GDPR – Extra-Territoriality Revisited

Privacy & Cybersecurity Newsletter
August 2019

Although seemingly simple on its face, the test for determining whether an organization is subject to the European Union’s stringent data protection laws, the GDPR, continues to confound.

In this article, we examine the situation of insurance companies and universities based in the United States with no European presence that wish to communicate with their customers and alumni now residing in Europe. Is this communication enough to subject them to the rigorous standards of GDPR?

The GDPR’s Territorial Test
Article 3 of the GDPR sets out a deceptively simple-sounding territorial test. Broadly, it applies to organizations by one of two criteria:

the “establishment criterion” - where the organization is “established” in the EU and processes personal data in relation to that establishment, regardless of where the individuals are located and where the processing takes place; or

the “targeting criterion” - where the organization is not established in the EU, but processes personal data of individuals physically located in the EU in relation to intentionally offering them goods or services or monitoring their behavior in the EU.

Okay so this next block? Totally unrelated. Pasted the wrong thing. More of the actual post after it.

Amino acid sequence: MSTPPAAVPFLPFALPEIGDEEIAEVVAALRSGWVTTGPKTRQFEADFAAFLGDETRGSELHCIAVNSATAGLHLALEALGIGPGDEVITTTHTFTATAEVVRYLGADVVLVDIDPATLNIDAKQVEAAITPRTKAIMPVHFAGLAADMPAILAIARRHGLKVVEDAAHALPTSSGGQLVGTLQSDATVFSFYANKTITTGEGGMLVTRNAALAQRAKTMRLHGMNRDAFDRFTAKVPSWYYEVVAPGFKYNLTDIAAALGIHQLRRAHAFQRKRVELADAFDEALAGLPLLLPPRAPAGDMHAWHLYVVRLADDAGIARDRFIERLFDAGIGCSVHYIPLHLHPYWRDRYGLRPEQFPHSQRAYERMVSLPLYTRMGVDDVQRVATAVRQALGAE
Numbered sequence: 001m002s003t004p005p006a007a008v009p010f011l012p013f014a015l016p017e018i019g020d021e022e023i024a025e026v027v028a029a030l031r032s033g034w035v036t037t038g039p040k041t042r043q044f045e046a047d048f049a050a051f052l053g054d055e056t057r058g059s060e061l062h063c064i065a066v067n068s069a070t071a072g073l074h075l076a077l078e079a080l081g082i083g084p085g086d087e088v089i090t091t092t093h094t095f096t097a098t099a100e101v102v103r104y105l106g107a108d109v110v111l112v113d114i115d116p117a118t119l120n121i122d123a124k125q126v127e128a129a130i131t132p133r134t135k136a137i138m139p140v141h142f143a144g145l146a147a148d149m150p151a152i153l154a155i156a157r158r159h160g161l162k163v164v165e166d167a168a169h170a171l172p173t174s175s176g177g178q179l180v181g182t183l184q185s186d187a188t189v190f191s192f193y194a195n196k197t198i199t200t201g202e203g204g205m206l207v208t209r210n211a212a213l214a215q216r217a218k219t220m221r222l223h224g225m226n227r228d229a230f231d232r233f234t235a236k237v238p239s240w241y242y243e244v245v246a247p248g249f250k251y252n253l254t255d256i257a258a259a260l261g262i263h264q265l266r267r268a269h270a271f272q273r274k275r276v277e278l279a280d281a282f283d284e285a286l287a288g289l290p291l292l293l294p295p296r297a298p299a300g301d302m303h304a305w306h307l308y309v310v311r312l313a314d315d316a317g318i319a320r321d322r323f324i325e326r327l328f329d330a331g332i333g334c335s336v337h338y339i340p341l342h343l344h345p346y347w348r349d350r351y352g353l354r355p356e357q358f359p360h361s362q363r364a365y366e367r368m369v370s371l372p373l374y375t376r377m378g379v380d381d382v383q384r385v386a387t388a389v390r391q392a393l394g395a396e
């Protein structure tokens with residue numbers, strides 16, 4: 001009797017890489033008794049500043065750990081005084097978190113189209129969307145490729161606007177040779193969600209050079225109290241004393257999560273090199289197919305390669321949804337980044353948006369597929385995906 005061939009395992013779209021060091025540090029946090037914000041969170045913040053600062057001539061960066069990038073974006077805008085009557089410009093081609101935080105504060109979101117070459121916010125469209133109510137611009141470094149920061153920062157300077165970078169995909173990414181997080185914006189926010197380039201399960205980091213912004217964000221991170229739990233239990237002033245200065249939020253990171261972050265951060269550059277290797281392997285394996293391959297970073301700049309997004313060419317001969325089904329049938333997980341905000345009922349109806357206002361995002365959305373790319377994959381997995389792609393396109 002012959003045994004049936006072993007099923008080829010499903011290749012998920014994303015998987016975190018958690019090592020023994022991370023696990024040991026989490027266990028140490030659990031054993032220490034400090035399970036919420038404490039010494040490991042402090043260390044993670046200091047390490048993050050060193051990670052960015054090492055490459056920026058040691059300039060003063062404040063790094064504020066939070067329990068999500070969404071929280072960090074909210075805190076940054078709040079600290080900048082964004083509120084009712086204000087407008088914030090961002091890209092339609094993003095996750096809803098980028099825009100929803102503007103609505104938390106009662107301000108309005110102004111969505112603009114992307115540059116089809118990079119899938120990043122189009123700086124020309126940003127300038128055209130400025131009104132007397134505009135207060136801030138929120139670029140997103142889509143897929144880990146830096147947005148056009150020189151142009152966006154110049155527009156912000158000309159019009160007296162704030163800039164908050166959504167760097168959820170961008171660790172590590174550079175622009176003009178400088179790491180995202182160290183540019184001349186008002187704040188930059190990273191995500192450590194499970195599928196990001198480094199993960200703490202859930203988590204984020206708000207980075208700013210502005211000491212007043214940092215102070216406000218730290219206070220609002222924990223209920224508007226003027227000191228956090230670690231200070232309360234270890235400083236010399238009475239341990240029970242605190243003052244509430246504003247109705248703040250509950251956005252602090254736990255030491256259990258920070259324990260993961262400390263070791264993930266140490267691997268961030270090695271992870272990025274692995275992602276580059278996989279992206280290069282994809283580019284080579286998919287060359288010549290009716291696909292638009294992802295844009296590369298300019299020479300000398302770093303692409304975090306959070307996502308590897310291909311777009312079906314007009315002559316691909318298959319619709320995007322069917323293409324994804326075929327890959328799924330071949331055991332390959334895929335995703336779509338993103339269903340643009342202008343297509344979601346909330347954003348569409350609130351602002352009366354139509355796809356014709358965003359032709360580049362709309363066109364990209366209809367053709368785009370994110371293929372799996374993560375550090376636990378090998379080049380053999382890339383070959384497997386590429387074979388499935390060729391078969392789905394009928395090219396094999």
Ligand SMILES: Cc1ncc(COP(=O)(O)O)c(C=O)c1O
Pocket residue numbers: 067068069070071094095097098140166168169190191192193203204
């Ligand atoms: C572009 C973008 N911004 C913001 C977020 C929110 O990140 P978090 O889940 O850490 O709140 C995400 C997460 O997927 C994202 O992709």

Where an insurance company has an “establishment” in the EU, such as a subsidiary, branch or office, or where a university has a campus other physical presence in the EU, one can see the clear logic of GDPR applying to the personal data processing activities of that establishment. This, the establishment criterion, is not the subject of this article, although it is worth noting that where GDPR applies, this criterion is not limited to the processing carried out by the EU establishment - the GDPR is also likely to extend to at least some the processing activities of the U.S. parent.1

Under the targeting criterion, there is a sound rationale for the GDPR to apply to cases where a U.S. company proactively offers its goods or services to EU residents to grow an international market or where the U.S. company monitors the behavior of EU residents to monetize advertising to be targeted at them.

However, what of the case of an insurance company based solely in the U.S. that markets solely within the U.S. for customers? There is a chance that some percentage of its insureds may later move to the EU. There is also the chance that the insurer may not be aware of such moves, and may continue to retain only an electronic address to contact customers about renewals and offers of new products. Likewise, offers to customers may also available on the insurer’s website, hosted in the U.S. but accessible globally.

Similarly, consider a U.S.-based university with no European campus or office, which does not actively solicit applications for students from outside North America. Universities may also keep in touch with its many thousands of alumni, primarily by email and its website, offering them overseas trips, branded leisure-ware and other merchandise. Some of the alumni may move to the EU where they continue to receive these offers.

The question, in both cases, is whether GDPR applies to the organisations processing of the personal data of these EU based individuals.

These Individuals Are Not EU Citizens Or Residents, So How Can GDPR Apply?